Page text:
Renegade Nell preview | Spells, swashbuckling, and a whole lot of fun

renegade nell louisa harland
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Forced to flee her humble beginnings, Nell Jackson (Louisa Harland) carves a feisty path through 18th century England in a delightfully entertaining adventure. Here are our thoughts on the first three episodes of Renegade Nell.

(Episodes watched: 3 of 8)

Screenwriter Sally Wainwright is no stranger to genre-twisting action heroines. In her hit BBC series Happy Valley, Sarah Lancashire played a no-nonsense lawmaker in the best Western to ever come out of northern England. With Wainwright’s Renegade Nell, the eight-part historical fantasy dropping all at once on Disney Plus, she’s repeating the trick. Don’t let the early-18th century setting fool you. Nell Jackson is a superhero – and a bloody entertaining one at that.

The reasons why the daughter of a pub landlord is able to catch bullets and kick people really, really hard are left as enticing mysteries after the first few episodes. All we know is that Nell, recently widowed by the not-altogether-charitable-sounding Captain Jackson, is returning to her family home after a long time away. En route, she encounters a charismatic highwayman (Frank Dillane) and, after a short bout of fisticuffs, discovers her little village is being terrorised by the rotten son of their landlord (Jake Dunn).

A bit of magic, some murder, and a high-speed carriage chase or two later, Nell finds herself on the run from the law with her family in tow. In the episodes that follow, she’ll meet a cheerful little fairy called Billy Blind (Nick Mohammed, who plays him not unlike his stand-up character Mr Swallow) and face off against a slightly more nefarious kind of magic than her own.

Rather than reinvent the wheel, Renegade Nell goes to great pains to get the important stuff right. Derry Girls' Harland is brash and charismatic in the lead, and Nell proves a juicy role to get into. The first few episodes see her play around with accent and costume changes, tightly executed fight choreography and even getting convincingly beaten up by a drunk aristocrat. It’s rare to see a show get its main character so right that you genuinely miss her for the brief moments she isn’t on screen.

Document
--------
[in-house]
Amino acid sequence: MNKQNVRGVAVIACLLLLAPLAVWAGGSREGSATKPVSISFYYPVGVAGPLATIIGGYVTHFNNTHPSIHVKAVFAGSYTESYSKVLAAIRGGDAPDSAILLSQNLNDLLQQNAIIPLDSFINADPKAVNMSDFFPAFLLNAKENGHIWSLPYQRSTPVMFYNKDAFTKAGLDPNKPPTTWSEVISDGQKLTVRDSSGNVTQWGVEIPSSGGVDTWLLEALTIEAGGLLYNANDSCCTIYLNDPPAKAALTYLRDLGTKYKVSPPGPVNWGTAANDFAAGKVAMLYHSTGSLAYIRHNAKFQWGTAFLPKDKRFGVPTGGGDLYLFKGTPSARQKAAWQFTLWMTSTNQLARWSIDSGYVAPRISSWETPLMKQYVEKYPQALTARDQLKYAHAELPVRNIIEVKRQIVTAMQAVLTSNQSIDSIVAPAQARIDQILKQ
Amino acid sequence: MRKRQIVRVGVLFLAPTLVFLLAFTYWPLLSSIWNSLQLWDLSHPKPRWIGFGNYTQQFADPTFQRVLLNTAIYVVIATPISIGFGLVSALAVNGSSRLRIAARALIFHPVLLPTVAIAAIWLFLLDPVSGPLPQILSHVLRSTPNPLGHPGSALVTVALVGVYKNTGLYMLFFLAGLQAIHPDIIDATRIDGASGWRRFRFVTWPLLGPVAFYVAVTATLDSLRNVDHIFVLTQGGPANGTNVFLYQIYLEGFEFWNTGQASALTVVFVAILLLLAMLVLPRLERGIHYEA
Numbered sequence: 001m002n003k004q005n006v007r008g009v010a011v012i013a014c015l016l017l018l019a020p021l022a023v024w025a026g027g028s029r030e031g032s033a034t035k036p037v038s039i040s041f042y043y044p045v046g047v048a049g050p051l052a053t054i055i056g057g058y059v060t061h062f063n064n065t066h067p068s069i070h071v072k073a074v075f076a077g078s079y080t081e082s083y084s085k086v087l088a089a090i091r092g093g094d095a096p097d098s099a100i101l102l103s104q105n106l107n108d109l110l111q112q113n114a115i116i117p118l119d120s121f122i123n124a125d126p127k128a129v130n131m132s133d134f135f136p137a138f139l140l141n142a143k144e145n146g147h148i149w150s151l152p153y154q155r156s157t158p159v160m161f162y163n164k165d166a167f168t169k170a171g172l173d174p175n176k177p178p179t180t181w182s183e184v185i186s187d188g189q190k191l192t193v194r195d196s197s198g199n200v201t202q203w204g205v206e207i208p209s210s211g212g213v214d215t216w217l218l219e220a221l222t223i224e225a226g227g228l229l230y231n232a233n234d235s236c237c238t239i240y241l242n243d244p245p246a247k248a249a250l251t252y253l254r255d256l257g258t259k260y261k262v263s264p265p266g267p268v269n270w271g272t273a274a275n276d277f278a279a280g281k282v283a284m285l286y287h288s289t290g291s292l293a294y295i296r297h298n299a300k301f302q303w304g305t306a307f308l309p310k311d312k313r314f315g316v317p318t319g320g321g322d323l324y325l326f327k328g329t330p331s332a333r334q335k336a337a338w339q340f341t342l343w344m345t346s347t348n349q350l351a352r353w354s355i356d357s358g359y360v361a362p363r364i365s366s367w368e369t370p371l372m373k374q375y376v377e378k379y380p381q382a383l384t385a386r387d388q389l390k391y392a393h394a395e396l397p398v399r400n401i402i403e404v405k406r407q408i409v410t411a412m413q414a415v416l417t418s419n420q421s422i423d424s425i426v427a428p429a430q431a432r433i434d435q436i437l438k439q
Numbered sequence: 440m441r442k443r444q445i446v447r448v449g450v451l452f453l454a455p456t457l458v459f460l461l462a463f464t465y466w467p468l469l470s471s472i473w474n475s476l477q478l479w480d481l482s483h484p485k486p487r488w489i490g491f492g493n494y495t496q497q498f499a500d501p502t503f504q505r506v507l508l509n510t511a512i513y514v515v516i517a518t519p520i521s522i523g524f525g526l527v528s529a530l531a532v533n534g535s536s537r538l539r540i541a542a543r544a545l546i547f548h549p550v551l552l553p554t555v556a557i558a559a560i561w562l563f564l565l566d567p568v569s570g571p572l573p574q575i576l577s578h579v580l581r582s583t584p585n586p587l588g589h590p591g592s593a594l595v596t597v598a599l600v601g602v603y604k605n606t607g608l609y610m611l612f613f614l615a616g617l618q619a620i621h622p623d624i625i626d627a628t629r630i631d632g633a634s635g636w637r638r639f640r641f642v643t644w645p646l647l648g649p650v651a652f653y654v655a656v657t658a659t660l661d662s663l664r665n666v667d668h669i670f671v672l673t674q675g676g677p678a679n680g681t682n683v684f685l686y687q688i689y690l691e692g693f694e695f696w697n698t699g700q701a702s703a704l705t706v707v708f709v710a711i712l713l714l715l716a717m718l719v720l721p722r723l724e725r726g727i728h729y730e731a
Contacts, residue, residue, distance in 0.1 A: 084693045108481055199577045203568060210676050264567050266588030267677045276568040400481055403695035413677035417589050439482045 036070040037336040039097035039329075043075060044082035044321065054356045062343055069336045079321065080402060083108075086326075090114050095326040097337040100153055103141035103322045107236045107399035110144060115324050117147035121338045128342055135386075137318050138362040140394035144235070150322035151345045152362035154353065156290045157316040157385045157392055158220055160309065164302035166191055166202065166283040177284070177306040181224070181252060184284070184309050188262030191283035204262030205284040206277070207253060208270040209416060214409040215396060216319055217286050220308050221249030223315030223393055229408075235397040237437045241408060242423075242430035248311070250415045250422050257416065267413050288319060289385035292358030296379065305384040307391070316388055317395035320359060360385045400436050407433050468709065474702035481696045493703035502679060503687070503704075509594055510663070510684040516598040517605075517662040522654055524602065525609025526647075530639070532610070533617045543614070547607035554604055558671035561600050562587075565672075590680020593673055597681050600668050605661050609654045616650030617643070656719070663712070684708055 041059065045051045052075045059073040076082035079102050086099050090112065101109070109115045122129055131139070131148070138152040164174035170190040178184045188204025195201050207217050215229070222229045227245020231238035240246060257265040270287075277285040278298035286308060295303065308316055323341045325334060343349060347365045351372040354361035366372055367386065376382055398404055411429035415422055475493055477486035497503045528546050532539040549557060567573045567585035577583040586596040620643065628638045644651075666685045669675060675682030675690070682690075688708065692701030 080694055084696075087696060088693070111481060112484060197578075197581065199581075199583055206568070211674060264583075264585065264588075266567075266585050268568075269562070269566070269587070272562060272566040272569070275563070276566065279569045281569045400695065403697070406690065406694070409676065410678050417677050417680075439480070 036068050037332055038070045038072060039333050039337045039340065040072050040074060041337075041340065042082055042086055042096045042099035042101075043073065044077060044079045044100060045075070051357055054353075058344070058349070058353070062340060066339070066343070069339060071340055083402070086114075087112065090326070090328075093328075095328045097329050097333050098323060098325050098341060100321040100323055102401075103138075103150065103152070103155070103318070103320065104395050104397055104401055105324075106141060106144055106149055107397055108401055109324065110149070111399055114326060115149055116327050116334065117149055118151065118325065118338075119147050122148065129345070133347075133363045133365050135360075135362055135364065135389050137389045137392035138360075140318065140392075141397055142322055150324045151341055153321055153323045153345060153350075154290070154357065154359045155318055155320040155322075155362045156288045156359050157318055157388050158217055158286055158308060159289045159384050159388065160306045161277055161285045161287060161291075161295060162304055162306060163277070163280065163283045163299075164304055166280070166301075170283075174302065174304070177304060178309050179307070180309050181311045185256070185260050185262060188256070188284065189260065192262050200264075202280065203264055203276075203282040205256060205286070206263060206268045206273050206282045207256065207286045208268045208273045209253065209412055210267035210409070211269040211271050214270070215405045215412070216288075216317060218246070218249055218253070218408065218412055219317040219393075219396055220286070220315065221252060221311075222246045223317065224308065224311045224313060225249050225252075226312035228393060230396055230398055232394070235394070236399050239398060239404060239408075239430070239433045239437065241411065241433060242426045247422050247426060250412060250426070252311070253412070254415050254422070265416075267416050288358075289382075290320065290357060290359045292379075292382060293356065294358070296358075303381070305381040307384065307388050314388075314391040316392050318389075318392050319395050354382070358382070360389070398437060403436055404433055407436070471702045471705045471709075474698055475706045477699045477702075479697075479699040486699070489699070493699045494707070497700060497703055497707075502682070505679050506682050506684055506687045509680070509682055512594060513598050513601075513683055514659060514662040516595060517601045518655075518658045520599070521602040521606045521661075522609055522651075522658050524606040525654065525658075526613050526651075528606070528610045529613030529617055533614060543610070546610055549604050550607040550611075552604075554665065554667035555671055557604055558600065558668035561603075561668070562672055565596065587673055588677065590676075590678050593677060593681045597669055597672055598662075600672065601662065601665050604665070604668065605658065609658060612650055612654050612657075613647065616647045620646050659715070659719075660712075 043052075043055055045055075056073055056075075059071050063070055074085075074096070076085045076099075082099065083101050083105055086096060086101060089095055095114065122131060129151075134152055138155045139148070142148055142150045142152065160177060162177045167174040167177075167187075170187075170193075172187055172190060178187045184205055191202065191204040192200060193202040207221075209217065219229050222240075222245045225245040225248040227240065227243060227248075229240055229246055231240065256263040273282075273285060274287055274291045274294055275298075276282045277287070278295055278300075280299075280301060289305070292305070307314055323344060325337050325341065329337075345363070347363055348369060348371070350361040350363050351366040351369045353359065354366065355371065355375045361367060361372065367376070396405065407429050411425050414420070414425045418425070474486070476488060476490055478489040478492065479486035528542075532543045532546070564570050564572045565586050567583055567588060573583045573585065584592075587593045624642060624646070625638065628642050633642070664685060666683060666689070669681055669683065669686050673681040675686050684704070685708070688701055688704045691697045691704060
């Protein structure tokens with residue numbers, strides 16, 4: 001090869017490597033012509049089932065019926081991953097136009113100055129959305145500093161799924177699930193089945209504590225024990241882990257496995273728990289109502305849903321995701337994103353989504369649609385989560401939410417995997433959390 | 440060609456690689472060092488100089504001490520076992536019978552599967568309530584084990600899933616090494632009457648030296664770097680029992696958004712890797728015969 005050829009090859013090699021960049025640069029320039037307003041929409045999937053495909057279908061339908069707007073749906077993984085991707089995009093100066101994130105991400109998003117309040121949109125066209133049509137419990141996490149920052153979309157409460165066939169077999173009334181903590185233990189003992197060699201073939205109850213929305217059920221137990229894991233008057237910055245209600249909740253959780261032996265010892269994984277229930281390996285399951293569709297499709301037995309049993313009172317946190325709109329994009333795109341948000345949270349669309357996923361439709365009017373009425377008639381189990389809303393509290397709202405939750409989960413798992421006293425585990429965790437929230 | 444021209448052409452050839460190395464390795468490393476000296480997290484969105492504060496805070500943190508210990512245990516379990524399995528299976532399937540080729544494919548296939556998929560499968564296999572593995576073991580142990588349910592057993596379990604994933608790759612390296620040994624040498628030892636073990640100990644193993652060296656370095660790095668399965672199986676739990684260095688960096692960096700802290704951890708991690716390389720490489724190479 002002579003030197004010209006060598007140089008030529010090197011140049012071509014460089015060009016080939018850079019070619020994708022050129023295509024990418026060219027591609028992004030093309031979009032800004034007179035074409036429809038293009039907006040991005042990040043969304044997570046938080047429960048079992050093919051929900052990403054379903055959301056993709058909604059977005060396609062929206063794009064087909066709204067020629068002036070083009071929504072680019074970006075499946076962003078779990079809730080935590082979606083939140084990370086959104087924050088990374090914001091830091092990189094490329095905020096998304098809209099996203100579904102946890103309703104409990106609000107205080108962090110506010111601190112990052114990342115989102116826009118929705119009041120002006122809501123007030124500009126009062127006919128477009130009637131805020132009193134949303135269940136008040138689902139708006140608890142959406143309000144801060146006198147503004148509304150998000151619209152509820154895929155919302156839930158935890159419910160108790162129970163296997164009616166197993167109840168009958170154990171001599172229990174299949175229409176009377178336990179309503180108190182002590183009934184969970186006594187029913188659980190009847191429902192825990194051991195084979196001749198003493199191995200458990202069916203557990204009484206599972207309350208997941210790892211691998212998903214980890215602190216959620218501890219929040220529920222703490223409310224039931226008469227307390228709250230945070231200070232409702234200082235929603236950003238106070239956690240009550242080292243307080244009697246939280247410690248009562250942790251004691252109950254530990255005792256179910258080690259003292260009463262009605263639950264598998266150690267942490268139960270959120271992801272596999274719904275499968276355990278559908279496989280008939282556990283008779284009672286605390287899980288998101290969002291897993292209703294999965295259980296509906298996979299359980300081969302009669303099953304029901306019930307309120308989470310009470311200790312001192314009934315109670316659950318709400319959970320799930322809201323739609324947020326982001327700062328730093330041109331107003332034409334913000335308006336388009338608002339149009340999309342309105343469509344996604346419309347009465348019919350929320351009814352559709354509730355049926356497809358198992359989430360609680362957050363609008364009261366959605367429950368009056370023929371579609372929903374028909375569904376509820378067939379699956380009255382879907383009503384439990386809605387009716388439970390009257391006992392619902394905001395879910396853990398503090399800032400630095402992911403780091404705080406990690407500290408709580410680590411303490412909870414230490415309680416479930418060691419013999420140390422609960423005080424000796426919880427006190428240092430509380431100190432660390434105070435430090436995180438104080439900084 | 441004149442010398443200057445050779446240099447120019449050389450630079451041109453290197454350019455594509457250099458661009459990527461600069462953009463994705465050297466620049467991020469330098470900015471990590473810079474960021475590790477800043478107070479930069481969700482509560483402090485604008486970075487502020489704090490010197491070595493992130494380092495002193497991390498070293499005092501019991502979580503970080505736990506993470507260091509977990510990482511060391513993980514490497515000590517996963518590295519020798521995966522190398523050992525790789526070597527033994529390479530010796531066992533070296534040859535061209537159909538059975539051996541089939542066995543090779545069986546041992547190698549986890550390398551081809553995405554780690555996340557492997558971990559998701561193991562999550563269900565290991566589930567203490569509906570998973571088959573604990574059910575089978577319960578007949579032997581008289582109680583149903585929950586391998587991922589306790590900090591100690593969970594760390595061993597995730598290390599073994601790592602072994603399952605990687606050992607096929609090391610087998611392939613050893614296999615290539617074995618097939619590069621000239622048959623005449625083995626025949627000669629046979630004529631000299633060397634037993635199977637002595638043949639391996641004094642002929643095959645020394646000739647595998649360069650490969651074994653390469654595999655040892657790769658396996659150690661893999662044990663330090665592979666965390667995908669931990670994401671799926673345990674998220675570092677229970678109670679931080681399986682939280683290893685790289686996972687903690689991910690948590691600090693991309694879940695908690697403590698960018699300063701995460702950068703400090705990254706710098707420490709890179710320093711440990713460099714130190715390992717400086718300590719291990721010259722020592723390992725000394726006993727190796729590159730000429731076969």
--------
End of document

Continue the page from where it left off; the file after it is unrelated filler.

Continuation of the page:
The plot, meanwhile, barrels along at a swift pace, cramming in plenty of swashbuckling set pieces while keeping the overarching narrative clipping along nicely. Combined with Nick Foster and Oli Julian’s typically historical fiddle and lute-filled score, a cheeky sense of humour and willingness to lean into fantasy tropes go a long way to keeping us thoroughly invested for the first three episodes – even if the last of which can’t quite match the breakneck pace of its predecessors.

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Something of a spiritual sequel to classic Saturday teatime telly – Doctor Who, Robin Hood, Merlin, Atlantis et al – Renegade Nell strikes a slightly more grown-up tone than what’s come before. It’s stuffed full of spooky plague villages, witty barbs and a heroine fond of throwing ne’er do wells through things made of wood – enough to make you think twice before showing it to a six year-old, but still well below some of the scarier episodes of Doctor Who.

It feels in so many ways like the sort of thing the BBC should be fighting tooth and nail for – quality, family drama from the creator of several of the corporation’s biggest hits. That Disney have clearly splashed the cash to make the fantastical elements look a shade or two above what the traditional broadcaster can usually manage might give some indication why Wainright has parted ways with the BBC after making three hit series together. Still, if you’ve been craving some crowd-pleasing entertainment to coral a bickering family unit in front of – you just found it. Renegade Nell is just really, really good fun.

All eight episodes of Renegade Nell are streaming on Disney Plus from 29th March.

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